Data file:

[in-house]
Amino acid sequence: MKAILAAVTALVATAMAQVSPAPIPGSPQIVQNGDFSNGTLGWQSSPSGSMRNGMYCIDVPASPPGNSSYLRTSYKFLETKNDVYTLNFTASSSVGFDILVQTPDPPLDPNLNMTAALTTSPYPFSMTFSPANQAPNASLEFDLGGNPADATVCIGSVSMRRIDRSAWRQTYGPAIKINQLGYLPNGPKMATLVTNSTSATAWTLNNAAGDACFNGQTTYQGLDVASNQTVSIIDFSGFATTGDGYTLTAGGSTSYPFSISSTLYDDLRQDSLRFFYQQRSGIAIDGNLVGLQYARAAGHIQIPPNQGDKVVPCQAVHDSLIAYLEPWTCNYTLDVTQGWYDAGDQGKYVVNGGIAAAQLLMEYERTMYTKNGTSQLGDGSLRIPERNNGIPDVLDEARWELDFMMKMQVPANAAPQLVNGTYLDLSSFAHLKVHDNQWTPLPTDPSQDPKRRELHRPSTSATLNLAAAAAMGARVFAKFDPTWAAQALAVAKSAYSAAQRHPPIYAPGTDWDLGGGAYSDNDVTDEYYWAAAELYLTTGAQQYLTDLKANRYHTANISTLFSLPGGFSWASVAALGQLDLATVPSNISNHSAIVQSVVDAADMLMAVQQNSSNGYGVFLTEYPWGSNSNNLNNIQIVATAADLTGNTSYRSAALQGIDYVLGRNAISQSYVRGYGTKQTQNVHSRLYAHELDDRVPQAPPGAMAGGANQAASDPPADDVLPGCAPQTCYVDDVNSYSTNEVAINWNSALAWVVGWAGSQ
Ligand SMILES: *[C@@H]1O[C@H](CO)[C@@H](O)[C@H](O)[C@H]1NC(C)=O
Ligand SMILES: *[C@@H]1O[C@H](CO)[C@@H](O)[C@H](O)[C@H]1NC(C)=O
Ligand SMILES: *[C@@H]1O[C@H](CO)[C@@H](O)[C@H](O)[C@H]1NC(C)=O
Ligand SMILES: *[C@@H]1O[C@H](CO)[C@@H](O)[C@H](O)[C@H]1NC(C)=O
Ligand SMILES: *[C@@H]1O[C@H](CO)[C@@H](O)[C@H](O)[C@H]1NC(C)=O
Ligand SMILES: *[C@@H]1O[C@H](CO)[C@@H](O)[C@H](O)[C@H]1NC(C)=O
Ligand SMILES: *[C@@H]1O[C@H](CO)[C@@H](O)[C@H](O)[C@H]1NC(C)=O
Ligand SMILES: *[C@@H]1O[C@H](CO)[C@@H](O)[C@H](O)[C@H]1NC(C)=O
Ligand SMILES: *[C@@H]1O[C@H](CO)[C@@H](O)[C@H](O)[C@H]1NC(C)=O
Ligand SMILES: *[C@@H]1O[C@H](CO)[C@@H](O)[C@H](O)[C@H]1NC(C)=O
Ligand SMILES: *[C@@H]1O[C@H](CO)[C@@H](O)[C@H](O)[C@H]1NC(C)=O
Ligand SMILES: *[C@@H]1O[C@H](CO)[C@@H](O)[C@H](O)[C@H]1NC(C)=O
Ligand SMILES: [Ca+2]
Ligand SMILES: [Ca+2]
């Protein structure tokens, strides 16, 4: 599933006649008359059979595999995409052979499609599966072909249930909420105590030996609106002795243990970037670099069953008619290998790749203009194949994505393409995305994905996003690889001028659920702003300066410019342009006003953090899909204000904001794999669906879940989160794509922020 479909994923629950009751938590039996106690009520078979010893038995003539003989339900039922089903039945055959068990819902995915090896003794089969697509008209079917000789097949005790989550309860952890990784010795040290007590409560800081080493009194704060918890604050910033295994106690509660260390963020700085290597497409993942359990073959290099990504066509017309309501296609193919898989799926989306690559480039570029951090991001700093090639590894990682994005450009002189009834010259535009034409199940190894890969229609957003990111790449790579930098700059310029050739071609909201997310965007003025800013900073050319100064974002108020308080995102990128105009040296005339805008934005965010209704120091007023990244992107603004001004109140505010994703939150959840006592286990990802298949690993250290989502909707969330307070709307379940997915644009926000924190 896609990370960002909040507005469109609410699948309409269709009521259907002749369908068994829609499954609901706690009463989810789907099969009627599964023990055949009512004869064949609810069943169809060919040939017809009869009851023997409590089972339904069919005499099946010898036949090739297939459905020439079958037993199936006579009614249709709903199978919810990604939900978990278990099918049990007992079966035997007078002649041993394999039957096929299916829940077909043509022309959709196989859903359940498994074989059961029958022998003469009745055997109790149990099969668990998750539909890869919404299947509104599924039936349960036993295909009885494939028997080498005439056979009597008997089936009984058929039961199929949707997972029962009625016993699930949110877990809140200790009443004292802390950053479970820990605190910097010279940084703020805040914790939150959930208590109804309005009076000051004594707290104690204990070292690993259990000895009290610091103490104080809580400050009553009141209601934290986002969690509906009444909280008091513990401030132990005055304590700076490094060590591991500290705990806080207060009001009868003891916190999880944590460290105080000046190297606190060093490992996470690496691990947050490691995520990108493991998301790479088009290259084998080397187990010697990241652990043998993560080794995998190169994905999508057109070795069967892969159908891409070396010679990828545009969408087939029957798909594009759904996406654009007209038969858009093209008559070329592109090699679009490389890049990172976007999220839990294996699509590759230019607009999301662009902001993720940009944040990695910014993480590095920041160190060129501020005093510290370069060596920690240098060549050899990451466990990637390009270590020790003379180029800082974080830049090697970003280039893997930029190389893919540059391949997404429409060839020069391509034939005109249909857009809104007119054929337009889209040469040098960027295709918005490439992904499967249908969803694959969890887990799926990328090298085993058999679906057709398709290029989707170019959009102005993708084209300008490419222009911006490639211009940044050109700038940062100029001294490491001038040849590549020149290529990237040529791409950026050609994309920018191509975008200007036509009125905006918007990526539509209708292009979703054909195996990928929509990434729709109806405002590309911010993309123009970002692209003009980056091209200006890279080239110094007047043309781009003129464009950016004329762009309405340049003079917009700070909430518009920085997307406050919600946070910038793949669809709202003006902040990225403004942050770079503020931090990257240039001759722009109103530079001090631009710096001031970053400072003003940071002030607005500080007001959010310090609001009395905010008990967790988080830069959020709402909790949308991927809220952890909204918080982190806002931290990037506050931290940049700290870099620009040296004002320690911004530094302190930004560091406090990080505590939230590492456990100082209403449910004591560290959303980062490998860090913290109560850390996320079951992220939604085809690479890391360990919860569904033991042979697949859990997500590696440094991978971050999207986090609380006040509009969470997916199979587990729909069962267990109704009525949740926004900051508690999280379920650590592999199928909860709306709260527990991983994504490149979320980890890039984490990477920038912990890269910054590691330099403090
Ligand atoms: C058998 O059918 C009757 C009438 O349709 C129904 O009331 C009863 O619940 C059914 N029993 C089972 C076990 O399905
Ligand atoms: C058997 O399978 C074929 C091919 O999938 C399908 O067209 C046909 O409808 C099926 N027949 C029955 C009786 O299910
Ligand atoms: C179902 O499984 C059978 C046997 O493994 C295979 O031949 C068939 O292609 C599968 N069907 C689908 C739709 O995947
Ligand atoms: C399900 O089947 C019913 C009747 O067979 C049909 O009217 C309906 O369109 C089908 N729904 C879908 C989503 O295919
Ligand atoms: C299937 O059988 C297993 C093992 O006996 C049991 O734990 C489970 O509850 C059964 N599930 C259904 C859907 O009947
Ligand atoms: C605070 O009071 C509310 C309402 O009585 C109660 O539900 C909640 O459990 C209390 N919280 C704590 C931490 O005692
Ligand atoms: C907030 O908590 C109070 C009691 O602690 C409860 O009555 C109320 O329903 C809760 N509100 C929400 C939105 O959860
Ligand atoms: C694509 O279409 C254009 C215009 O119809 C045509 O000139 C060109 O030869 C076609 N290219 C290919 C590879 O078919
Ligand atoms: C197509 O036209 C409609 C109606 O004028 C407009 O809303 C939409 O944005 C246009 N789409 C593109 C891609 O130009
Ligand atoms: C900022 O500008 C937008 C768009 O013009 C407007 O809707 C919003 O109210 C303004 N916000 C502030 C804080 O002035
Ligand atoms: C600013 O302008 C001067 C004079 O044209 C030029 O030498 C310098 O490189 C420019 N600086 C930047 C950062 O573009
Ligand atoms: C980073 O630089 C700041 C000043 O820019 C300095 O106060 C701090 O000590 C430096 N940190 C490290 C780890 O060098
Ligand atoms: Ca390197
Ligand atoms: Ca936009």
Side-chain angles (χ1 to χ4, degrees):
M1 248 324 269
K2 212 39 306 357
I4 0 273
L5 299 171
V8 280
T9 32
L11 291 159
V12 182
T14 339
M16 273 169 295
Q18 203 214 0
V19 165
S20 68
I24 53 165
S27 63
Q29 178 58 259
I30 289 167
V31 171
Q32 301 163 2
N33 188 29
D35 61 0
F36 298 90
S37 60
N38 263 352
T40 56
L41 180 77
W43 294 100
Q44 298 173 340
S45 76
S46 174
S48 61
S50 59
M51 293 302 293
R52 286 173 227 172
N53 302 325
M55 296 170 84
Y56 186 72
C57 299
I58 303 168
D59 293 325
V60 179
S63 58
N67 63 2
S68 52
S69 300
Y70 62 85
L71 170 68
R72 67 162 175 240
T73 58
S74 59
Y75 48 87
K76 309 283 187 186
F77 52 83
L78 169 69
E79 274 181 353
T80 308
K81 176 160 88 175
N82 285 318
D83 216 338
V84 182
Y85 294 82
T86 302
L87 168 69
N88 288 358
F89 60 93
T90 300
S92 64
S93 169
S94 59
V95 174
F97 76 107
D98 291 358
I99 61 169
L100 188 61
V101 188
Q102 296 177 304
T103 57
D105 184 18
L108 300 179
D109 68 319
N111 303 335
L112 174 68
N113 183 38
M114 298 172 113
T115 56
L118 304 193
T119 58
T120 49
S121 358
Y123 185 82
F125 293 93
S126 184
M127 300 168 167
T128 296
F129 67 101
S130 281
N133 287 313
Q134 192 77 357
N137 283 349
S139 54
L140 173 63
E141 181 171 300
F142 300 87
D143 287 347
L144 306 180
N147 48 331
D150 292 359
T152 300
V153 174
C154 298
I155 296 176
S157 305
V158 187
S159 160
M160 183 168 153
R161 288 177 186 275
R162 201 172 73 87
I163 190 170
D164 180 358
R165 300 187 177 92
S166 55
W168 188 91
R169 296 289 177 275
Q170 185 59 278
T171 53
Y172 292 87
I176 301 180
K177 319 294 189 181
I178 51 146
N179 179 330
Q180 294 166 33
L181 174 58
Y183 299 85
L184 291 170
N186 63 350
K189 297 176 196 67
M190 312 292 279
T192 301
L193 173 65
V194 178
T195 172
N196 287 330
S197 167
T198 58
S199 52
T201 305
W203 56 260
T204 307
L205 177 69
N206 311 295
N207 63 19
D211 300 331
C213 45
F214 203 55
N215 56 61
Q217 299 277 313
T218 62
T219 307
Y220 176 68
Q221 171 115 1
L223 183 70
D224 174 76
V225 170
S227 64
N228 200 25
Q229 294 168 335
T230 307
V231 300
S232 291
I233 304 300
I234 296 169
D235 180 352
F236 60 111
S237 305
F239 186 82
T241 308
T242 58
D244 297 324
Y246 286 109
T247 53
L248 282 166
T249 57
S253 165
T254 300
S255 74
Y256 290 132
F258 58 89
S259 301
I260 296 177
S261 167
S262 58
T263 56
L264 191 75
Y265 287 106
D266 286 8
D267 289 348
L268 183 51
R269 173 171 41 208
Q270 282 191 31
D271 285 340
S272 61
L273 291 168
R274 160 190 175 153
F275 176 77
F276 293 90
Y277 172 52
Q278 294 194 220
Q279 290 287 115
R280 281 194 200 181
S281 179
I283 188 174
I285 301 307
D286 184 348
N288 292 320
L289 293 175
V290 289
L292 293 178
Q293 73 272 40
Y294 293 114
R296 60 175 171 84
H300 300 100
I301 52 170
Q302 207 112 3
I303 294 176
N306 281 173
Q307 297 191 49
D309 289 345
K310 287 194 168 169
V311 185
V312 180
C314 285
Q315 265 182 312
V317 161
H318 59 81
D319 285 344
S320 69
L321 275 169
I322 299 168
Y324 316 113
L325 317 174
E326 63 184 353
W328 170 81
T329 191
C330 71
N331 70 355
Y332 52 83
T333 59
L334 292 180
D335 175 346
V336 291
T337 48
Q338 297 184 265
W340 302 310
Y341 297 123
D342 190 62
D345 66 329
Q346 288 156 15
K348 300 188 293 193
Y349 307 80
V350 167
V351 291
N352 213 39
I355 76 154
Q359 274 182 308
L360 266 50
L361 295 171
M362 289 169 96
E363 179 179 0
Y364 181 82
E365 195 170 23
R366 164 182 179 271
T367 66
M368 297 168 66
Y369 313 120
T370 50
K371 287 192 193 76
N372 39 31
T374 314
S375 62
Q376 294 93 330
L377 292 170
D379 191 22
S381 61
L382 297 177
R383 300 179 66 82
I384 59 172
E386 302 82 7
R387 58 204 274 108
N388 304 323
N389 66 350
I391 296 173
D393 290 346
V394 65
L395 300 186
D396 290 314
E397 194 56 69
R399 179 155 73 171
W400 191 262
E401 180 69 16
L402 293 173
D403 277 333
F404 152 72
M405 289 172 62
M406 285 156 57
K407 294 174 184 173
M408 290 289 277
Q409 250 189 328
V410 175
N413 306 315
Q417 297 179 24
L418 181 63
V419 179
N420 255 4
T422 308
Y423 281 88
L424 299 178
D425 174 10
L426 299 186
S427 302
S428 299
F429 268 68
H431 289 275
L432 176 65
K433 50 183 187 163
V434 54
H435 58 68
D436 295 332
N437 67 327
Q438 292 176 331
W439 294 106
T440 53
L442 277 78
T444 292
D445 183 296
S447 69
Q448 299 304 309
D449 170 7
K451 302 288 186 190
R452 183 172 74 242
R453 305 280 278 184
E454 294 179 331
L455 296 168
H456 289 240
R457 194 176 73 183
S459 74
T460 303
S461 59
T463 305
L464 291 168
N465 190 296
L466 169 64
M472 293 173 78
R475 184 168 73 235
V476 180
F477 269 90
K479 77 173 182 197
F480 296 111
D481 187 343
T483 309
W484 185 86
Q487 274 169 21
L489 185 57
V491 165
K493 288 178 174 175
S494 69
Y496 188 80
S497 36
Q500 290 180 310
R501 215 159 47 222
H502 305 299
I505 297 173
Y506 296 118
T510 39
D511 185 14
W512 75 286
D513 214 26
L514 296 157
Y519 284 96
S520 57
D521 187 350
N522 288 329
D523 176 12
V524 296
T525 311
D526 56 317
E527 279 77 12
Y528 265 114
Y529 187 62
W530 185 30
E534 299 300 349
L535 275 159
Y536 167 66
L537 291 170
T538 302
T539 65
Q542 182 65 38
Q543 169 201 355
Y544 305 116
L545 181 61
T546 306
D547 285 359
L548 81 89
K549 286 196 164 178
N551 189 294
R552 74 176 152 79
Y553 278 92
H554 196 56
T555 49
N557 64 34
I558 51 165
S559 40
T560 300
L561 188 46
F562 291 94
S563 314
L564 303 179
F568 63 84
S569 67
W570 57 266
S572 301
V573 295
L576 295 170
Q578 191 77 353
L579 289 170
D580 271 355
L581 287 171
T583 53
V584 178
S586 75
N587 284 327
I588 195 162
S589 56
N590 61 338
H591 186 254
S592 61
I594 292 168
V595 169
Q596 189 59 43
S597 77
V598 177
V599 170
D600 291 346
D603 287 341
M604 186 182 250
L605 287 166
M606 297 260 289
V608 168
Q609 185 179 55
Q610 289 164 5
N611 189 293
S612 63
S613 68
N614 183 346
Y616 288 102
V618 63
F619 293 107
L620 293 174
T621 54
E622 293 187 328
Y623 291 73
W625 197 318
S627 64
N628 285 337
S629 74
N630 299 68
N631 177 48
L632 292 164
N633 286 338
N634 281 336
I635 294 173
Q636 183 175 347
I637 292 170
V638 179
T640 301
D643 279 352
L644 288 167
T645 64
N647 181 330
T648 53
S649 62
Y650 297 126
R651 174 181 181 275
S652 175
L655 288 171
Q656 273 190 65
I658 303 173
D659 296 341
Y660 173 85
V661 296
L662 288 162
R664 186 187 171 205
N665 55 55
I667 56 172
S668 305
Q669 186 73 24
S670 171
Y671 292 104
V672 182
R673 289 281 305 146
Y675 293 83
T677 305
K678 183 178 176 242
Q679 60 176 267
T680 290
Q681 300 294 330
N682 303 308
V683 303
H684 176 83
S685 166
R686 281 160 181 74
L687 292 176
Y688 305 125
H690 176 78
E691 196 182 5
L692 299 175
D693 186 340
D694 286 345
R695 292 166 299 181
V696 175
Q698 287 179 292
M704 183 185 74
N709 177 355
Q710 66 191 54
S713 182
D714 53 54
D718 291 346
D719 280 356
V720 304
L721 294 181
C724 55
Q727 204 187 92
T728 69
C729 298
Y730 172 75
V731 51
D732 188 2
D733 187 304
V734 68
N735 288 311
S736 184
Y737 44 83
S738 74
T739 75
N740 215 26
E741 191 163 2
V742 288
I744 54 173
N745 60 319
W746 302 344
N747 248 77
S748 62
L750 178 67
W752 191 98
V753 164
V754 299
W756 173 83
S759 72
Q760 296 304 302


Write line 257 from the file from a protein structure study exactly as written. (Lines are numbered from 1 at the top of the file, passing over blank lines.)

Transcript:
N306 281 173